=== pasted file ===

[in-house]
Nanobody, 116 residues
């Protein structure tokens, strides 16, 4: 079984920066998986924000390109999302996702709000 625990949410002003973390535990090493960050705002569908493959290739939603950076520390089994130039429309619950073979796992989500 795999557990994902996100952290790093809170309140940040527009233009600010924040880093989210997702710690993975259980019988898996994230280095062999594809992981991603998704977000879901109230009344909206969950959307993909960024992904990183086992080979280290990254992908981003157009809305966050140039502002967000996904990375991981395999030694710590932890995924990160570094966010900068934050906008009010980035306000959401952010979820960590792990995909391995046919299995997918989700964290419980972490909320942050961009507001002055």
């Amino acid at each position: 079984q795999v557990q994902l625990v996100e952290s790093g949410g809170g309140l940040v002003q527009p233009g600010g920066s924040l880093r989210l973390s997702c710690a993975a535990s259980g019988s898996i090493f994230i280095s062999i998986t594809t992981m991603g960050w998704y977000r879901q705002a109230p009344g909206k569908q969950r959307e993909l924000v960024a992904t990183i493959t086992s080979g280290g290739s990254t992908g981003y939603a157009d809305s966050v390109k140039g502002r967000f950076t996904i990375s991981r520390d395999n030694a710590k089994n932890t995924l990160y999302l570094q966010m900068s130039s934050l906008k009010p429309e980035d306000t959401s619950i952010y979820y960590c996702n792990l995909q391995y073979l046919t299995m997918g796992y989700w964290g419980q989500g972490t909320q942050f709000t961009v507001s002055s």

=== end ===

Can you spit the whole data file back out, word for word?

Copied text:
[in-house]
Nanobody, 116 residues
């Protein structure tokens, strides 16, 4: 079984920066998986924000390109999302996702709000 625990949410002003973390535990090493960050705002569908493959290739939603950076520390089994130039429309619950073979796992989500 795999557990994902996100952290790093809170309140940040527009233009600010924040880093989210997702710690993975259980019988898996994230280095062999594809992981991603998704977000879901109230009344909206969950959307993909960024992904990183086992080979280290990254992908981003157009809305966050140039502002967000996904990375991981395999030694710590932890995924990160570094966010900068934050906008009010980035306000959401952010979820960590792990995909391995046919299995997918989700964290419980972490909320942050961009507001002055």
């Amino acid at each position: 079984q795999v557990q994902l625990v996100e952290s790093g949410g809170g309140l940040v002003q527009p233009g600010g920066s924040l880093r989210l973390s997702c710690a993975a535990s259980g019988s898996i090493f994230i280095s062999i998986t594809t992981m991603g960050w998704y977000r879901q705002a109230p009344g909206k569908q969950r959307e993909l924000v960024a992904t990183i493959t086992s080979g280290g290739s990254t992908g981003y939603a157009d809305s966050v390109k140039g502002r967000f950076t996904i990375s991981r520390d395999n030694a710590k089994n932890t995924l990160y999302l570094q966010m900068s130039s934050l906008k009010p429309e980035d306000t959401s619950i952010y979820y960590c996702n792990l995909q391995y073979l046919t299995m997918g796992y989700w964290g419980q989500g972490t909320q942050f709000t961009v507001s002055s």